When a frame structure is excited by a horizontal external force, the girders starts to displace horizontally. If such displacements are large or if they occur periodically they may have serious impact on the conditions of the structure and may cause severe damages or even result in a collapse.

Dampers play an important role in the protection of structures such as buildings, and they exist in numerous variants. Dampers are typically damping the motion by means of a frictional force between two moving parts attached to the frame structure of the building or by means of a fluid being pressed to flow between two chambers through a restricted tube. Other similar well-known methods of damping motion or vibrations exist. Some dampers are actively changing the damping effect corresponding to external conditions, and other dampers are passive dampers having a constant damping characteristic. Typical dampers are costly to produce and even more costly to assemble into a structural frame of a building. Typically a building have to be designed for a specific damper, either due to the bulky design of the existing dampers or due to correlation between the structural characteristics of the damper versus the characteristics of the building.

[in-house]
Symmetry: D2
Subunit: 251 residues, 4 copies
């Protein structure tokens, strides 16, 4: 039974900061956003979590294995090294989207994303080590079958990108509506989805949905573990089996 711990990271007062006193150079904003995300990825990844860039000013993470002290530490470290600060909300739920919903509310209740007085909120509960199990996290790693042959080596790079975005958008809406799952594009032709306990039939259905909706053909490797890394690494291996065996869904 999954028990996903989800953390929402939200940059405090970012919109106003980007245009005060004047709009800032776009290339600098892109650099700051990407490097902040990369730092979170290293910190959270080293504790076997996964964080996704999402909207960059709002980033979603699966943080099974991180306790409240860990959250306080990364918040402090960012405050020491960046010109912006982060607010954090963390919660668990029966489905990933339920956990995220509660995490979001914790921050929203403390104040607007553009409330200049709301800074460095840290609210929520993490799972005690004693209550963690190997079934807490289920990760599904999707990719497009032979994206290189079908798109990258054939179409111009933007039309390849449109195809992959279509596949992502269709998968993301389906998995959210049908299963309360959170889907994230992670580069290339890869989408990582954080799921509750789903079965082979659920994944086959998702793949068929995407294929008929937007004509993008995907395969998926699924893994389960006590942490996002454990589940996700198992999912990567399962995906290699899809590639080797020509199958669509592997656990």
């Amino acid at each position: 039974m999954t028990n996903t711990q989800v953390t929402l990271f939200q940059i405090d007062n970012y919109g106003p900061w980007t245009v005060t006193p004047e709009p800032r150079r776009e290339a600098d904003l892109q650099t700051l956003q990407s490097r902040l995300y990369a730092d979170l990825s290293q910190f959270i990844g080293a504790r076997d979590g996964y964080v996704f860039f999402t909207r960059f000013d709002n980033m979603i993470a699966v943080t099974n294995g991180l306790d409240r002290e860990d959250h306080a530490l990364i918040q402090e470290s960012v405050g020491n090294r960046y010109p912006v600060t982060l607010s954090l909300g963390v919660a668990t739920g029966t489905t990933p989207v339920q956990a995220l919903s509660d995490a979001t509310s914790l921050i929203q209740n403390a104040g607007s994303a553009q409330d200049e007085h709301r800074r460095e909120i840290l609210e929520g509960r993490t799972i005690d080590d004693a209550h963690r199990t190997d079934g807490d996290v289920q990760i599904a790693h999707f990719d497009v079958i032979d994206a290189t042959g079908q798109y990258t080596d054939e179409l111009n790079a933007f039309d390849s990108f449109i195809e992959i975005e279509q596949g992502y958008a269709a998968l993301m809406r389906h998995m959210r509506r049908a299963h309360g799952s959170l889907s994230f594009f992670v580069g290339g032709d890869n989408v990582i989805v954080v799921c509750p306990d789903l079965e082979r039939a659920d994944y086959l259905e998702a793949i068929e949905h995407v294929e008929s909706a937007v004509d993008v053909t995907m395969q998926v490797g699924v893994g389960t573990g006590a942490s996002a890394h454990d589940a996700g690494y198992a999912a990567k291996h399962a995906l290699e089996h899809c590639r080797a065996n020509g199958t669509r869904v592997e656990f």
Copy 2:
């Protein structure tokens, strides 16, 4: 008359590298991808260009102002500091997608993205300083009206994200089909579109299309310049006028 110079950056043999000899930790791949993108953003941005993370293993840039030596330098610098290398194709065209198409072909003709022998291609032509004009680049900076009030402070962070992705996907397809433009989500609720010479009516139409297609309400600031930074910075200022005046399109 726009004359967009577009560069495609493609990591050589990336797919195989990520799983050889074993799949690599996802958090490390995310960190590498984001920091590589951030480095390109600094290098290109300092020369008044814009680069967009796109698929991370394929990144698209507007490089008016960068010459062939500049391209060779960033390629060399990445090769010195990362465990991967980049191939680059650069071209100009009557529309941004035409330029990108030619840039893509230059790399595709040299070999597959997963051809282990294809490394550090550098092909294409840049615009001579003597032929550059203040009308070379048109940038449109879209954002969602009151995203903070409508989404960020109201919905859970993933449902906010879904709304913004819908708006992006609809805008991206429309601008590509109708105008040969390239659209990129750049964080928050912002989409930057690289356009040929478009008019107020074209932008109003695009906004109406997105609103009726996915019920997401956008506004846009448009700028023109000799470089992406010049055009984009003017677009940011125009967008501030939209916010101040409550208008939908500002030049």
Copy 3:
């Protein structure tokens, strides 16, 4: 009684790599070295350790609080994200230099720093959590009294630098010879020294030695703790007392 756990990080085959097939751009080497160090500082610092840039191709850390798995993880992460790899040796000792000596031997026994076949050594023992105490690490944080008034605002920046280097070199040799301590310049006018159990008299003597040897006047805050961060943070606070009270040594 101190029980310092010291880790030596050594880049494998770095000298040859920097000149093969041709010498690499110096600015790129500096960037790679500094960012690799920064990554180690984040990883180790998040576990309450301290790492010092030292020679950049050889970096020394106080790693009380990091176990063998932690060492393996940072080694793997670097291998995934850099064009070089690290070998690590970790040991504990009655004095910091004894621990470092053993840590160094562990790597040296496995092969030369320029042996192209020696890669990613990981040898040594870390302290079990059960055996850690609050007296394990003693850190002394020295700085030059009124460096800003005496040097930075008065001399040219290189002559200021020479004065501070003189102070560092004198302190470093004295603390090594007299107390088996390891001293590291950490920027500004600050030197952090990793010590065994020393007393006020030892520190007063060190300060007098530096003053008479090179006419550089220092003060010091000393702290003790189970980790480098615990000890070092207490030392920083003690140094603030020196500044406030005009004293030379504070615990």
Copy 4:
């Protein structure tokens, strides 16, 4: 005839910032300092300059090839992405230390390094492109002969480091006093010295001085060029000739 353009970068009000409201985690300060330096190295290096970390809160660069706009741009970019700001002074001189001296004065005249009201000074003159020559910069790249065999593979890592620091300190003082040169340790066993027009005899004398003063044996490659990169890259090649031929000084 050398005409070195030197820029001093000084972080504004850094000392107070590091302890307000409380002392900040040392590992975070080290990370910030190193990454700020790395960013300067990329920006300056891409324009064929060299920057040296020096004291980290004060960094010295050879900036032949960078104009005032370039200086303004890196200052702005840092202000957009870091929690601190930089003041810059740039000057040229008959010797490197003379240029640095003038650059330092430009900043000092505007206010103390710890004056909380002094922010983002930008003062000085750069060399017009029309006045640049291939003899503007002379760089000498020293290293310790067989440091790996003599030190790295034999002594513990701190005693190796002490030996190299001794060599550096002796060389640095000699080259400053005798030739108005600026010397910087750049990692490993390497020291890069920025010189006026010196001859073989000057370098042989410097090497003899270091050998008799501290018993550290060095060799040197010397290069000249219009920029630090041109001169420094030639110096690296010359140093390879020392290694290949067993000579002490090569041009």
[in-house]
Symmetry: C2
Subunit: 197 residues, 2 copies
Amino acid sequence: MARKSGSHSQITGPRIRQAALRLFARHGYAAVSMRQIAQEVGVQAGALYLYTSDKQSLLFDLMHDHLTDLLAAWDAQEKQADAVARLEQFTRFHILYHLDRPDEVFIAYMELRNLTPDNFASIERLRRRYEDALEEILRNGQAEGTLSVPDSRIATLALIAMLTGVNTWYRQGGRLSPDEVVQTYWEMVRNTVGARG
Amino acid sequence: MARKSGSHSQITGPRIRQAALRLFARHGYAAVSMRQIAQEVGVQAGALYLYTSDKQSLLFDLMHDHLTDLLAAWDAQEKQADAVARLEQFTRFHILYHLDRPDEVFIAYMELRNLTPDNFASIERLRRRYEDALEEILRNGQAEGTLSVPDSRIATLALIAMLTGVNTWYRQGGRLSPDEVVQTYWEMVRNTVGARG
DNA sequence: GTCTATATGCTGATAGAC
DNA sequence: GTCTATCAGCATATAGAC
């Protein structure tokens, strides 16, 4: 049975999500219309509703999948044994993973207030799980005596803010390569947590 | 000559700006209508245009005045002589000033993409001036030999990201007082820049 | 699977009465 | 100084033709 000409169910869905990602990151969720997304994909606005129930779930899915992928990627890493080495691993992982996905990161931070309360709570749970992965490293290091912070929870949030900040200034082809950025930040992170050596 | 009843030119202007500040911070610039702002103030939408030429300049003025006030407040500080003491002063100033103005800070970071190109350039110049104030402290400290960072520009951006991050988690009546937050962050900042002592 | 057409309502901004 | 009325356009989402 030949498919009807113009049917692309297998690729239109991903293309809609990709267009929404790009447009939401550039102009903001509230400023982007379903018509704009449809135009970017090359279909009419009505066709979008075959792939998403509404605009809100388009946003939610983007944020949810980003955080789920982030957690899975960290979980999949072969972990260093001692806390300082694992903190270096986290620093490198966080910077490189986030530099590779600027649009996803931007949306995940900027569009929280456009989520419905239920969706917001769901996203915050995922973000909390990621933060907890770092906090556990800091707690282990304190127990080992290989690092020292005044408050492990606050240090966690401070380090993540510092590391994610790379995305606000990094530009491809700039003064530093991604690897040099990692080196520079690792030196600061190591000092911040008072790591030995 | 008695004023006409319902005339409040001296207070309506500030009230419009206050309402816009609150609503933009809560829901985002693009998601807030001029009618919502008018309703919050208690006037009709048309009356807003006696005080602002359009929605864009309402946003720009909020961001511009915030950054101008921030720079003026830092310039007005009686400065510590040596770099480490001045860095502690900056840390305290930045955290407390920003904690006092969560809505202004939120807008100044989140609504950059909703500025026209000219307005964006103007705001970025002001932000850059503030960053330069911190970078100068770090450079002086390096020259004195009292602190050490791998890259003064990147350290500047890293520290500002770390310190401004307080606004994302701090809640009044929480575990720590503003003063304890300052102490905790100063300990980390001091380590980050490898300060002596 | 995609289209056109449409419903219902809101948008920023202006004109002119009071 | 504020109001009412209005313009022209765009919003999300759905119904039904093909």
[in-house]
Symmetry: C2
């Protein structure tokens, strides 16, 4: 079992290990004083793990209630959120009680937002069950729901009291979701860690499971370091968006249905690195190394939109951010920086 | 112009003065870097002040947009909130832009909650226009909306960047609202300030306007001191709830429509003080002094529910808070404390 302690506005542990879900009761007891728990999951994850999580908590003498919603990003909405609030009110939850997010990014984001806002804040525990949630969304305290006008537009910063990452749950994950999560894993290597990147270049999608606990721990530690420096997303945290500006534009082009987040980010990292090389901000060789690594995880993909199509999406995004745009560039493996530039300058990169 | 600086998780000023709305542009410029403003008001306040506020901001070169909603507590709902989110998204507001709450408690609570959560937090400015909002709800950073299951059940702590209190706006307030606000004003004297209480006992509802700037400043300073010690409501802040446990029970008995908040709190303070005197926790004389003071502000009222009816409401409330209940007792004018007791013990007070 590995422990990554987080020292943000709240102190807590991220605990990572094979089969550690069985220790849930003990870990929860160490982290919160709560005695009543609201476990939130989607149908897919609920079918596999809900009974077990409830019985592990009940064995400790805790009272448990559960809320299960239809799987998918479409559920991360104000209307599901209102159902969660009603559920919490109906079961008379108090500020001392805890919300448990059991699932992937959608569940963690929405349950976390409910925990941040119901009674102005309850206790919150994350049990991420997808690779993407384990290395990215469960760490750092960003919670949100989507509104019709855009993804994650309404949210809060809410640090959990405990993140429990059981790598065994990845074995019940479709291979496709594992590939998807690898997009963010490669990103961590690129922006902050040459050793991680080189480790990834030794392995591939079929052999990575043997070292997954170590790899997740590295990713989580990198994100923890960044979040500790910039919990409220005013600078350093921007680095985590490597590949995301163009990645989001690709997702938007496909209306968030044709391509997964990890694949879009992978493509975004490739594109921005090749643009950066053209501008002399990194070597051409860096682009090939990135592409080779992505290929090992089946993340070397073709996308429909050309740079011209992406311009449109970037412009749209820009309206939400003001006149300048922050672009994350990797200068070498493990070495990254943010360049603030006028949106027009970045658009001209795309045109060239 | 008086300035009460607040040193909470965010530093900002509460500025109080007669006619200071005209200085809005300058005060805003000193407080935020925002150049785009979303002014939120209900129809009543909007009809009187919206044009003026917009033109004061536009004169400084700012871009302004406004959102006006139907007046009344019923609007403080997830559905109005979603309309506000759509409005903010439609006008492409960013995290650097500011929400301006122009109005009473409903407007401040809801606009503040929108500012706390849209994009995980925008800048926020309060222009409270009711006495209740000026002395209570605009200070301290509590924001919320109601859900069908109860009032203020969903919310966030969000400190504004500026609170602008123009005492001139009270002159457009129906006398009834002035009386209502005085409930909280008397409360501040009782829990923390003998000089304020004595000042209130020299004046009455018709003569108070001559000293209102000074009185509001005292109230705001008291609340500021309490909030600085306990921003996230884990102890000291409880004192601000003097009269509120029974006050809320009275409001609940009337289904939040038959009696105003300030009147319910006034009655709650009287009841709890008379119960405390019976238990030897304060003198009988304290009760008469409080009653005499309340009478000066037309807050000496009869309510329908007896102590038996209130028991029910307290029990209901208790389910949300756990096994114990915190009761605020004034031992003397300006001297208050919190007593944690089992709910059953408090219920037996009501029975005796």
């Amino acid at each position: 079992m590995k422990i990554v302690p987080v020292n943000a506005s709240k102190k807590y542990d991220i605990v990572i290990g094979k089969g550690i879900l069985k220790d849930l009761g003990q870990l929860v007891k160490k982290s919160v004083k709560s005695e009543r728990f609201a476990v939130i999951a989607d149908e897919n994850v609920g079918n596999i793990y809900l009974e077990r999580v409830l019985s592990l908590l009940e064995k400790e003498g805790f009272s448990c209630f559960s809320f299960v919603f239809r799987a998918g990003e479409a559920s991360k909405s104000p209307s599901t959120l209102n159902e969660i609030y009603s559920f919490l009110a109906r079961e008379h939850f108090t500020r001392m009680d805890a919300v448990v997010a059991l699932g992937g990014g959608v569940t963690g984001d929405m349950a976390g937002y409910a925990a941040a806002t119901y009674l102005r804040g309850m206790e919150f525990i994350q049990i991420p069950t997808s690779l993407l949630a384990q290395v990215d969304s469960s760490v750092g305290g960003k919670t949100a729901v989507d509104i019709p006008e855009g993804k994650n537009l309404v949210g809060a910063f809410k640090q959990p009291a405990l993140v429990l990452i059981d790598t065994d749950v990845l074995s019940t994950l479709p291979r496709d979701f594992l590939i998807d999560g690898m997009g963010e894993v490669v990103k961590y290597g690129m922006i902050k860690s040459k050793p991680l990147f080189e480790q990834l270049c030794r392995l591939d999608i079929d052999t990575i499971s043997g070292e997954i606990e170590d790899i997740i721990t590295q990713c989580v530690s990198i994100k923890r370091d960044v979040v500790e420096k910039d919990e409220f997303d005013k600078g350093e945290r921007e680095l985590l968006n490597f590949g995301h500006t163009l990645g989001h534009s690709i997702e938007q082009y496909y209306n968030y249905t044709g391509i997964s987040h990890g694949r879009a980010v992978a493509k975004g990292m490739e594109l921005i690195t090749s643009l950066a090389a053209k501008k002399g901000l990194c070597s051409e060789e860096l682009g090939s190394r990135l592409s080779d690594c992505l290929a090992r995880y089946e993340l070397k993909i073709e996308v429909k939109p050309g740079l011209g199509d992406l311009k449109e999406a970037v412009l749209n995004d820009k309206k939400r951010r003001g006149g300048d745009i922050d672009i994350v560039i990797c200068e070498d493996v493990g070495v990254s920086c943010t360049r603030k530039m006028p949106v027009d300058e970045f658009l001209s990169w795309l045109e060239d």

U.S. Pat. No. 4,409,765 (Pall) Relates to a building having a pair of structural elements with a member connecting these structural elements and where the member has a slip joint with frictional surfaces. The slip joint furthermore has clamping means for forcing the frictional surfaces together. The patent does not disclose a rotational hinge like assembly of the damper, providing a rotational friction.

DESCRIPTION OF THE INVENTION